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Money chase shows closeness of 6th District GOP race

St. Paul, Minn. — (AP) The Republicans vying for a spot on Minnesota's 6th Congressional District ballot hauled in comparable amounts of campaign cash and, in some cases, looked to the same donors, according to reports that were due Friday. The money chase illustrates the tough battle ahead for the open congressional seat now held by U.S. Rep. Mark Kennedy, who is seeking the Republican nomination for U.S. Senate. Only one Democrat, Elwyn Tinklenberg, has entered the 2006 House race and that didn't happen until after the March 31 deadline for the campaign reports.

Of the five announced Republicans, State Rep. Jim Knoblach of St. Cloud boasted the biggest campaign account, thanks to six loans he made to his campaign totalling $100,000. Rep. Phil Krinkie of Shoreview put $20,000 in personal funds toward his campaign.

"I put the money in to make people know I'm serious about the campaign," Knoblach said. The loan and donations left him with almost three times more money in the bank than his closest GOP challenger.

Knoblach raised nearly $53,000 from contributors, second only to state Sen. Michele Bachmann of Stillwater. She pulled in $59,000.

Bachmann said her financial figures demonstrate a broad base of support.

"I don't come from a wealthy home and my husband and I are not personally wealthy," she said. "We've spent our 27 years of marriage investing in our five children and our 23 foster children, and that's where our money has gone. We won't be placing personal funds in a congressional race."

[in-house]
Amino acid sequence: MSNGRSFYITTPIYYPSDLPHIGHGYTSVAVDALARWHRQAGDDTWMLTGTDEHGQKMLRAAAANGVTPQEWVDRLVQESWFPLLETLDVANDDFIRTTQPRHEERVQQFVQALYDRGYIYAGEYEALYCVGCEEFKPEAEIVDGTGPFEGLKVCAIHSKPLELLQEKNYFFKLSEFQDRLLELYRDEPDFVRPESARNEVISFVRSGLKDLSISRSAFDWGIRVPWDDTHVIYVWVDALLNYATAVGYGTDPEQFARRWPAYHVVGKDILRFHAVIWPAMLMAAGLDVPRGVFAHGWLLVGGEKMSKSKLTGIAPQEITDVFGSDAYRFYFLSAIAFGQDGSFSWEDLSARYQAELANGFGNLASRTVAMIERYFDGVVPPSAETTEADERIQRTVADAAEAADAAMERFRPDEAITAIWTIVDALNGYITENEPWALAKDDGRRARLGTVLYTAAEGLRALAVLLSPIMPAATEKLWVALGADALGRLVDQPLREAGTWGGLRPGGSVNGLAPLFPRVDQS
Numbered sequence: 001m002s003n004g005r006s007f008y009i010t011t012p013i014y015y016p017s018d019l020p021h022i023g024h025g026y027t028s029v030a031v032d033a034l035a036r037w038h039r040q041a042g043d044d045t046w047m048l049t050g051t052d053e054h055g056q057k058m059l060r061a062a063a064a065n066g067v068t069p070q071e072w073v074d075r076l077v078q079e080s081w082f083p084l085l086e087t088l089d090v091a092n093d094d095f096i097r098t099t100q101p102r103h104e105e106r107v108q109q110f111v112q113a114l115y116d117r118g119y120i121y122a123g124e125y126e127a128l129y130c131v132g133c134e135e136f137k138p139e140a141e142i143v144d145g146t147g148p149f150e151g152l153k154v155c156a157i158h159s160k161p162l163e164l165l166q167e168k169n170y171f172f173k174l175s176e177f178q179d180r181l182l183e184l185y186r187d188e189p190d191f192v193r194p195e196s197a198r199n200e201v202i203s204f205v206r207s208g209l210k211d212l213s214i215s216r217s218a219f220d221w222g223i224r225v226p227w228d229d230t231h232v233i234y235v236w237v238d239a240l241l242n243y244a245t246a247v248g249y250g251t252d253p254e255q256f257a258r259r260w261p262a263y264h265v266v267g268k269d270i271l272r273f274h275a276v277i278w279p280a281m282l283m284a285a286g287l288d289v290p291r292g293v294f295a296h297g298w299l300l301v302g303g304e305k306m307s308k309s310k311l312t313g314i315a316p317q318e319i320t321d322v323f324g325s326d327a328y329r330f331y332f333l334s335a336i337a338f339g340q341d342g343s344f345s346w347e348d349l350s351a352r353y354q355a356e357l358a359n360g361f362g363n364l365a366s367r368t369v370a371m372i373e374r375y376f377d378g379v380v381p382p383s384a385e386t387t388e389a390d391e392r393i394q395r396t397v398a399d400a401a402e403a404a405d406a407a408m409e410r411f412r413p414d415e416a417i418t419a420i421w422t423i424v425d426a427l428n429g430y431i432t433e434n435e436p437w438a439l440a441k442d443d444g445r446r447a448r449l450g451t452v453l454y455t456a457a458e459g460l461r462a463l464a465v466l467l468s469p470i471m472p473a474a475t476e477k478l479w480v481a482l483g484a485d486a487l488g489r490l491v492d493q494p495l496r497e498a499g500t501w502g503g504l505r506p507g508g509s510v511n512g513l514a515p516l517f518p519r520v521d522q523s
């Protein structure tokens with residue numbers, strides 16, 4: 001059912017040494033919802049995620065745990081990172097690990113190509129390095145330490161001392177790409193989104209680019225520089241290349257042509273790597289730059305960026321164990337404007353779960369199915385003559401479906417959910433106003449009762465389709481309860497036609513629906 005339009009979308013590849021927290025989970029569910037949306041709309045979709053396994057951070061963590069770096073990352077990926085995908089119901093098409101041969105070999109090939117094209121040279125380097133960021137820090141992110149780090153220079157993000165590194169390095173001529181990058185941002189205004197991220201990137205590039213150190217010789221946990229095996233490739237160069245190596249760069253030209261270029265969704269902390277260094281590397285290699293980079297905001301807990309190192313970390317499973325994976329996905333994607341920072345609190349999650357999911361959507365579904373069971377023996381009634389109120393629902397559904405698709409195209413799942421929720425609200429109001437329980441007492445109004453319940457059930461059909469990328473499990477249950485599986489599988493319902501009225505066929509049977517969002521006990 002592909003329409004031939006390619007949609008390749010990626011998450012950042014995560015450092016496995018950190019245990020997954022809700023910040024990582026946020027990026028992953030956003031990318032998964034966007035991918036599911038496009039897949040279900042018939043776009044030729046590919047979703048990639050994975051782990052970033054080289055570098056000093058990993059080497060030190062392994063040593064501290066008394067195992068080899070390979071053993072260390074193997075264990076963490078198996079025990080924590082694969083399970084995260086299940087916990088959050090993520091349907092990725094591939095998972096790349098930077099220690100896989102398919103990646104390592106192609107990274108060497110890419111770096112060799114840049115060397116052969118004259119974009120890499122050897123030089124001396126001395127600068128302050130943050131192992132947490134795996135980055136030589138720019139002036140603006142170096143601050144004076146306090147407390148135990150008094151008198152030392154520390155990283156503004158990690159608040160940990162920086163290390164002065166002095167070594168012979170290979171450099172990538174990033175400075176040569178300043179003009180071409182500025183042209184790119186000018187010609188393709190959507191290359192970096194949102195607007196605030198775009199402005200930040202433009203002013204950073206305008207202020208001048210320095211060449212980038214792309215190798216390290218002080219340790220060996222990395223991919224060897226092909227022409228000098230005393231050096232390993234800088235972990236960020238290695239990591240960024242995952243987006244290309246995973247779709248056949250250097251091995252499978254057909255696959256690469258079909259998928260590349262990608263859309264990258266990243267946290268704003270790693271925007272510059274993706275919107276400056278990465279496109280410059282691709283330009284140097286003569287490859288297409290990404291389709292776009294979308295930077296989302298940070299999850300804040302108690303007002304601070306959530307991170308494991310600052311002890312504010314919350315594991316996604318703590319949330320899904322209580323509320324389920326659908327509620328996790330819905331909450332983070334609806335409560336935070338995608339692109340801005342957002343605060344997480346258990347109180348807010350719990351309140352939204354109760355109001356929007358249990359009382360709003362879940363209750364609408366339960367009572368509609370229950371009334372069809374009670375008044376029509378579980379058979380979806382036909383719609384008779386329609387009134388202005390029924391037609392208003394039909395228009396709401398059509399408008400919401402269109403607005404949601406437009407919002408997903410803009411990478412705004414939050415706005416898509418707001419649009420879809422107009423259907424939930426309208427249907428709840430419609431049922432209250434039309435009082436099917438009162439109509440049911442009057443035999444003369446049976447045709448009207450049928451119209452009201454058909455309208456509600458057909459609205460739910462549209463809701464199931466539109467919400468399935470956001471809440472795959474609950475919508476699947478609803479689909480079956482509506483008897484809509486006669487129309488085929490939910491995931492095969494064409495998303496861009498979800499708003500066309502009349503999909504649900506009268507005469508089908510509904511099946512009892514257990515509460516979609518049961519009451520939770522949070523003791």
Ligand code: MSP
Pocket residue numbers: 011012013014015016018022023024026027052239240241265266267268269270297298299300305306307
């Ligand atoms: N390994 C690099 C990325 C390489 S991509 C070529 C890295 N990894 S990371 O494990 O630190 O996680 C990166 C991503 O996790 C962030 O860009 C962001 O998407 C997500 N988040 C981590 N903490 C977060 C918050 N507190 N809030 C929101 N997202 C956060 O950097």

Former Education Commissioner Cheri Pierson Yecke kicked in money from the family's bank account for her campaign, but only at the regular contribution limit of $2,100. She was happy with her overall fundraising. "Our goal was $25,000, and we doubled that," she said.

At about $42,000, Krinkie lags behind his legislative colleagues and Yecke, but said it's been difficult to devote time to fundraising while the Legislature is in session. He said he expects to kick into higher gear over the summer.

"This really represents only about three weeks of fundraising activity, and even there the amount of time I was able to dedicate was pretty minimal," Krinkie said. "I have no question we'll be able to out-fundraise my opponents given equal footing and equal time."

Jay Esmay, whose report wasn't immediately available for review, acknowledged he raised less than his competitors. He said it didn't worry him because the endorsing convention is a full year away.

"Frankly, having too much money can really play against you with the delegates," he said. "The real resource here, the true dollars are delegates themselves. They're the ones that have the value. It doesn't take a lot of resources to talk to them."

The scramble for the GOP nomination has produced no early favorite. Some party activists say they're torn among a few candidates, and the campaign finance reports bear that out.

For example, Michael Wigley, a Long Lake businessman and co-founder of the Taxpayers League of Minnesota, spread his checks around. He gave $500 to Bachmann in January, $500 to Yecke in February, $500 to Knoblach in March and $2,100 to Krinkie in March. Esmay also got a Wigley donation, but neither man would disclose the amount over the phone.

"We have terrific candidates. It's a blessing of riches," Wigley said. "I think the market will pick one of them. My behavior sure says I'm happy with all of them."